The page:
Last Updated: Friday - 09/24/2010
Week of February 21, 2005
God calls, who will answer?
Vocation directors give helping hand to those curious about religious life
By BILL GLEN
WCR Staff Writer
God is still calling young men and women to the priesthood and religious life. But smaller numbers respond because of a society filled with distractions that prevent youth from hearing their call.
Religious communities need to make opportunities to learn about the rewards of serving God more available, says the Edmonton Archdiocese's vocations director.
Father Paul Moret, head of a vocation discernment team that includes Fathers Patrick Baska and Michael Mireau, is about to launch programs designed to inform young people about religious life. He is also looking at ways of fanning the flame once a person has had a religious encounter to later on help him or her discern a particular ministry.
Age 10; Grade 10
"I have heard that the two times to bring youth into vocations is at age 10 and Grade 10," Moret said. "We might not be hitting those ages, but we want to have something for them."
Along with the Alberta Vocation Directors executive and vocation directors from several religious communities in Edmonton, Moret speaks at the annual fall discernment retreat at Camp Oselia at Lake Wabamun.
"Camp Oselia is really the only program we have at the moment," he said.
Moret will soon invite younger children, particularly the Confirmation candidates, to spend a day at St. Joseph Seminary. He sees that happening in a matter of weeks.
He is also preparing a new program slated for early next year for young men to come and spend a weekend at the seminary to catch a glimpse into the life of a priest.
"I always encourage people to try religious life," he said. "It doesn't hurt a person to spend a year at the seminary."
Sister Toyleen Fook has been involved in several information workshops with young adults as a vocation minister with the Sisters of Providence in Edmonton. She organizes days of exploration, reflection and input with women who are looking at religious life.
They share what prayer life and ministry are about and what it is like to live in a community. Fook does the sessions in Calgary as well. She tries to have them during Advent and Lent.
"I try to give them more information so they can discern where they are called," Fook said. "If they want more information on religious life, it is available for them. If they want even more, they can come live with us. We have come-and-see houses. If they are working women and they can take four or five days off, they are welcome to come."
Some women have attended the discernment days and subsequently entered religious orders, said Fook. She encourages women to check several orders because one might better suit an individual.
Life is rich
"If this is what they want, I encourage them to find a spiritual director. I try to guide them. I believe there are women called to religious life in Edmonton and I am trying to help them understand."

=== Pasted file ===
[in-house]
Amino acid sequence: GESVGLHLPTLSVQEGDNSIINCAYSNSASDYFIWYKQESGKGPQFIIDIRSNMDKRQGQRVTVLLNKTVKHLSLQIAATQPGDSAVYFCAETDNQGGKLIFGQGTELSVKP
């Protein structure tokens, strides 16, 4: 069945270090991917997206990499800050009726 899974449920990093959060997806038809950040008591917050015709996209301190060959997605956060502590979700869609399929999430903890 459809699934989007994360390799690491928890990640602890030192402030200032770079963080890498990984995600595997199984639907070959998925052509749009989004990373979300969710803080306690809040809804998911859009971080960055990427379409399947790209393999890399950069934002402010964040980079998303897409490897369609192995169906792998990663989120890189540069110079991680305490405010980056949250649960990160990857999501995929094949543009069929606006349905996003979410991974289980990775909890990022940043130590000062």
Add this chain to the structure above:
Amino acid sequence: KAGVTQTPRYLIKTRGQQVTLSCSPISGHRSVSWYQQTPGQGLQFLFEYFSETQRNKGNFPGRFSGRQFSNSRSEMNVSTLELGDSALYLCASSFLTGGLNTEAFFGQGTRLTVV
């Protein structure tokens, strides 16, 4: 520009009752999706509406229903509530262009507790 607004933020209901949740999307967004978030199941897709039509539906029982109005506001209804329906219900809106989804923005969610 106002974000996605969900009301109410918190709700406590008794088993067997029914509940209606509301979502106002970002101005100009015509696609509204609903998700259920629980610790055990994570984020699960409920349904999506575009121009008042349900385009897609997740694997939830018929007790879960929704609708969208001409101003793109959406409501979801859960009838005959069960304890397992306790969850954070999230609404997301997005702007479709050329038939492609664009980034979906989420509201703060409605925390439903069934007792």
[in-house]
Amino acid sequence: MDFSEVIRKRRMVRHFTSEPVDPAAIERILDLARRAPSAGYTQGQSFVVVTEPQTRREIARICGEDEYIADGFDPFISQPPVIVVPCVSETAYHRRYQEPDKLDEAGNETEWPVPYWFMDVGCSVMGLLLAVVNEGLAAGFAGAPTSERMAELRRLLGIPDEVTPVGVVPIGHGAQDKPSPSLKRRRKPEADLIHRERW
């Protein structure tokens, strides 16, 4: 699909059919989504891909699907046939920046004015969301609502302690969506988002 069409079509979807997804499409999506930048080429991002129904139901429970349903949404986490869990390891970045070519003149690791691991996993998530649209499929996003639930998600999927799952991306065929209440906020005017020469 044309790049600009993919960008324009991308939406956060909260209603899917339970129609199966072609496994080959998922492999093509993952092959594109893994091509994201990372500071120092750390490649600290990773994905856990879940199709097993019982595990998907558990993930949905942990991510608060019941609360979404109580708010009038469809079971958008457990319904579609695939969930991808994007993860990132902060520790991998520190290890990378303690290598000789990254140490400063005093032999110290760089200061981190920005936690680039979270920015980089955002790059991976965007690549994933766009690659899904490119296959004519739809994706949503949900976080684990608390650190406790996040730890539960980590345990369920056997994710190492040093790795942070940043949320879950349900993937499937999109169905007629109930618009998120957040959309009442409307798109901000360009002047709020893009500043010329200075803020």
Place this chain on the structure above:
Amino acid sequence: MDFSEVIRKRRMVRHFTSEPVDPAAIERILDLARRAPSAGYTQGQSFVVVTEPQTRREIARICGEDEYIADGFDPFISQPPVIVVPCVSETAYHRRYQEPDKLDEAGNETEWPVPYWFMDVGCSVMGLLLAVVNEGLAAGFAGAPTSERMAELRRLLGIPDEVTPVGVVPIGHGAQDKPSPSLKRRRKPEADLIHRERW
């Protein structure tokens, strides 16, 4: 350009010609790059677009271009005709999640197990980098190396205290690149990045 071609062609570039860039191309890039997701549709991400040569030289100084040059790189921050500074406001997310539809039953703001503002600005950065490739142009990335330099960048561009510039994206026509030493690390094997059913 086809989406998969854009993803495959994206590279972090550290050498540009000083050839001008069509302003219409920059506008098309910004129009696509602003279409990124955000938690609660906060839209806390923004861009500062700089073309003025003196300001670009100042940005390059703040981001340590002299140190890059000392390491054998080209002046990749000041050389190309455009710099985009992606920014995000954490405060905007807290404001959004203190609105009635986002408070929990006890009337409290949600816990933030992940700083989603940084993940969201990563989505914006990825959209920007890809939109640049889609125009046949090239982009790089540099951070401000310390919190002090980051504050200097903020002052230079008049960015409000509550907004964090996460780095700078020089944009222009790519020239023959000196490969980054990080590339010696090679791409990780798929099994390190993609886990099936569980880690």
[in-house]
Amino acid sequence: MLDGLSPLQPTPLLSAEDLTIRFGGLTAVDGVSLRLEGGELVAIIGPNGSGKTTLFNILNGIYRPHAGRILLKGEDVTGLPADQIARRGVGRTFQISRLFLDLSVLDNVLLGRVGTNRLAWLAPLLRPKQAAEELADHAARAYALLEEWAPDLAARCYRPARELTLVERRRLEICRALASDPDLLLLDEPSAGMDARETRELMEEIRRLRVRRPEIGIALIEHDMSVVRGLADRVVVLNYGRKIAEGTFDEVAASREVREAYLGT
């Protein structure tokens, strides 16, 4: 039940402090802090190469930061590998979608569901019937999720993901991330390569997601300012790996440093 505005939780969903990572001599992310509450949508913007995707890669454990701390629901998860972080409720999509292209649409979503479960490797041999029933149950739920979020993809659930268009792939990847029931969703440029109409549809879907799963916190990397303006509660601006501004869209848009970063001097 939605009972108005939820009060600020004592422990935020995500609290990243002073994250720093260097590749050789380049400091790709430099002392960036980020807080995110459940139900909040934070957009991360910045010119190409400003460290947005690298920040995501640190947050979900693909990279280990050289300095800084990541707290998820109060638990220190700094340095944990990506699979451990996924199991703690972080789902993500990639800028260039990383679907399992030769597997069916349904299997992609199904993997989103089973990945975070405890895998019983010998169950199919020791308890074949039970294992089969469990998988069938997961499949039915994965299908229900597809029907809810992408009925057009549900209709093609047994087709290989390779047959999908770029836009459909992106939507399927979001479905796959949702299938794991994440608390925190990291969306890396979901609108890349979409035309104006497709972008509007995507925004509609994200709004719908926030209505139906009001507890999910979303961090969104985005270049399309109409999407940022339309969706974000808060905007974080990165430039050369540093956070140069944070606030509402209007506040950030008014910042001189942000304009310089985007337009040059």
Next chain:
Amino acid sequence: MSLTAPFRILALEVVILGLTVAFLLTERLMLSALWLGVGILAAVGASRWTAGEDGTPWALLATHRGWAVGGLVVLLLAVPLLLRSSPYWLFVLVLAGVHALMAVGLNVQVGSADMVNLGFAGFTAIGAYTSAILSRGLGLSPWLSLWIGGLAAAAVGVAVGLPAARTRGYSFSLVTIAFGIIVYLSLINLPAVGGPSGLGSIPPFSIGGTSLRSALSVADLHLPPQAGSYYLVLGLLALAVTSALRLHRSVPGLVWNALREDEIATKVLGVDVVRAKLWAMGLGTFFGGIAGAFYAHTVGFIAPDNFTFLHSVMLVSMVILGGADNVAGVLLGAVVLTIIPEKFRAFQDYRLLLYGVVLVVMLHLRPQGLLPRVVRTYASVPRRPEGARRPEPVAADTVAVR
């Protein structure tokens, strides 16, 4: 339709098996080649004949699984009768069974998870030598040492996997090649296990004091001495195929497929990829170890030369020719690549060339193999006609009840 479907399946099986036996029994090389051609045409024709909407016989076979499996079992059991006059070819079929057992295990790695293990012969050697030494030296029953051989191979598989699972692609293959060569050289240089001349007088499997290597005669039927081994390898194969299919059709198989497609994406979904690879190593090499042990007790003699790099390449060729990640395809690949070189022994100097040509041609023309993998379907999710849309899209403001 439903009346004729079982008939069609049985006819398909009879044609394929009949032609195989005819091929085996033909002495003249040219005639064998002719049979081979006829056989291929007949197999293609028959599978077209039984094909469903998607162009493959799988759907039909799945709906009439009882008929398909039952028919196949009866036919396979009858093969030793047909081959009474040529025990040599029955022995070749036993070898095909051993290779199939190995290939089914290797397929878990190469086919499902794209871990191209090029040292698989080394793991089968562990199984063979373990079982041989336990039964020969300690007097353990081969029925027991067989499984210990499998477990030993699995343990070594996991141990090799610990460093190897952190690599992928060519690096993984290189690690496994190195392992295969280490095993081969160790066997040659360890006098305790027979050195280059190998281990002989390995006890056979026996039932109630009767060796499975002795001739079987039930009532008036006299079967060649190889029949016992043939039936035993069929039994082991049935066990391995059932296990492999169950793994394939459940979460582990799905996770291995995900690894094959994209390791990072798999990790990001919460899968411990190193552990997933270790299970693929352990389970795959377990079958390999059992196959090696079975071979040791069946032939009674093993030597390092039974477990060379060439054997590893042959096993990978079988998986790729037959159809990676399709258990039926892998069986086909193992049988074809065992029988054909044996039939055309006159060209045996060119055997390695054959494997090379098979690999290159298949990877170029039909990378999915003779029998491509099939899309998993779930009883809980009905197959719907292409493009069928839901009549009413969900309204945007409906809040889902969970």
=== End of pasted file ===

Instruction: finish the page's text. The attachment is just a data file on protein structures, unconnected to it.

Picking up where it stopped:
Some are indeed hearing their call. Fook says getting more information to them would be a benefit.
"It is worth taking the risk (into religious life) because for me, my life is very rich," she said. "I have grown in so many ways. My relationship with God has given me life."
Margot Bilodeau, vice chancellor of the Edmonton Archdiocese and a member of the Secular Institute of the Oblates of Mary Immaculate, helps a person to see the gifts God has given. Working as a spiritual guide, she encourages a person to be patient so that his or her particular gifts come into focus more clearly.
"I offer vocation discernment to anyone who is searching and is open to any vocation where God may be calling them," Bilodeau said. "Whether it is to marriage, the priesthood, religious life or consecrated lay life. Perhaps a person might prefer a simple, single life."
Bilodeau says it is not unusual for a person to alter directions in their quest for a spiritual life once they begin discerning. The key is not to quit and to be adaptive.
"Discerning a vocation is a journey," she said. "It is like a photograph that slowly develops before your eyes. Some discover their area of ministry is different than what they first thought it might be, but they do see that they had the gifts from God all along."
People sit back and wait for clarity, when they should start moving, Moret said. God does not always provide that clarity right away.
"God increases clarity as we go along," he said. "The more we live out our call to basic holiness and a Christian life, the clearer it is for a person who is called. We are trying to help people come to church, to serve and to be generous to others. Within this they will hear the call more clearly."
Copyright © 1998, 1999, 2000, 2001, 2002, 2003, 2004, 2005, 2006, 2007, 2008, 2009 -- Western Catholic Reporter
Our mission: To serve our readers by bringing the Gospel to bear on current issues in the Church and in secular culture through accurate news coverage and reflective commentary.